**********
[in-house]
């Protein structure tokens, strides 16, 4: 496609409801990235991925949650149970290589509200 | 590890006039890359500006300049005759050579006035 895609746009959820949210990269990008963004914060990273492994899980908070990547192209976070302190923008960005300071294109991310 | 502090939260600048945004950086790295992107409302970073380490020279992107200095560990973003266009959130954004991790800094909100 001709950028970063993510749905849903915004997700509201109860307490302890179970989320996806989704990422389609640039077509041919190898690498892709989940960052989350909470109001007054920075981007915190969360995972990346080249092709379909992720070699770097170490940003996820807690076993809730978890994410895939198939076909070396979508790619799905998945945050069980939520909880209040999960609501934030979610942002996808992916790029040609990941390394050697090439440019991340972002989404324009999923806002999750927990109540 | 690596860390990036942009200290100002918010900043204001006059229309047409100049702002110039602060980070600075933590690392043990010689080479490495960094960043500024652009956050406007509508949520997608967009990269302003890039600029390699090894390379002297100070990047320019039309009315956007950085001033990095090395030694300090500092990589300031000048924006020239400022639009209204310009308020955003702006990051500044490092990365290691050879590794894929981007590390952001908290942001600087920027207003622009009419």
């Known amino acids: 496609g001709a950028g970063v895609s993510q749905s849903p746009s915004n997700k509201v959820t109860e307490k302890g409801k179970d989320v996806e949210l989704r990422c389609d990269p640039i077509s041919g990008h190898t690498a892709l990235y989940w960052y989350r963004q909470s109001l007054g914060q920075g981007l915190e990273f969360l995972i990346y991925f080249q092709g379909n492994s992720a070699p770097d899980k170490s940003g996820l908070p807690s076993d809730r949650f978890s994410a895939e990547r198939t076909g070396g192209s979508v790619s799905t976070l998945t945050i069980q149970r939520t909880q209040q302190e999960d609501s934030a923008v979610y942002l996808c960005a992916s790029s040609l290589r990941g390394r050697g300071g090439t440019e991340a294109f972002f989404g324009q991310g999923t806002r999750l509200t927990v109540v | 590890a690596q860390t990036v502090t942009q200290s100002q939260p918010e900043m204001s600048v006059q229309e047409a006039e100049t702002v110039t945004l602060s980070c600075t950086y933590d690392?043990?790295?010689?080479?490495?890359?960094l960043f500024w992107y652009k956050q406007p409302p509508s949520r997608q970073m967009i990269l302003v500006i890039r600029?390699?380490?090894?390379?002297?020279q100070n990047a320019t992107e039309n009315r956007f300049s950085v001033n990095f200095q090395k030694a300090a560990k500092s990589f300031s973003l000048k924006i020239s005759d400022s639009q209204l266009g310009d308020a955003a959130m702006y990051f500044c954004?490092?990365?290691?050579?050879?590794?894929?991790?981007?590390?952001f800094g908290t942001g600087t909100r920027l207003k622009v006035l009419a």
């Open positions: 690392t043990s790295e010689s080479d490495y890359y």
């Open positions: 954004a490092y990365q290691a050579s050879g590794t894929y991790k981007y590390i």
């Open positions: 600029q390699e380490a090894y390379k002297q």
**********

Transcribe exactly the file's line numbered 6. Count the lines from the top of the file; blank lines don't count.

């Open positions: 600029q390699e380490a090894y390379k002297q």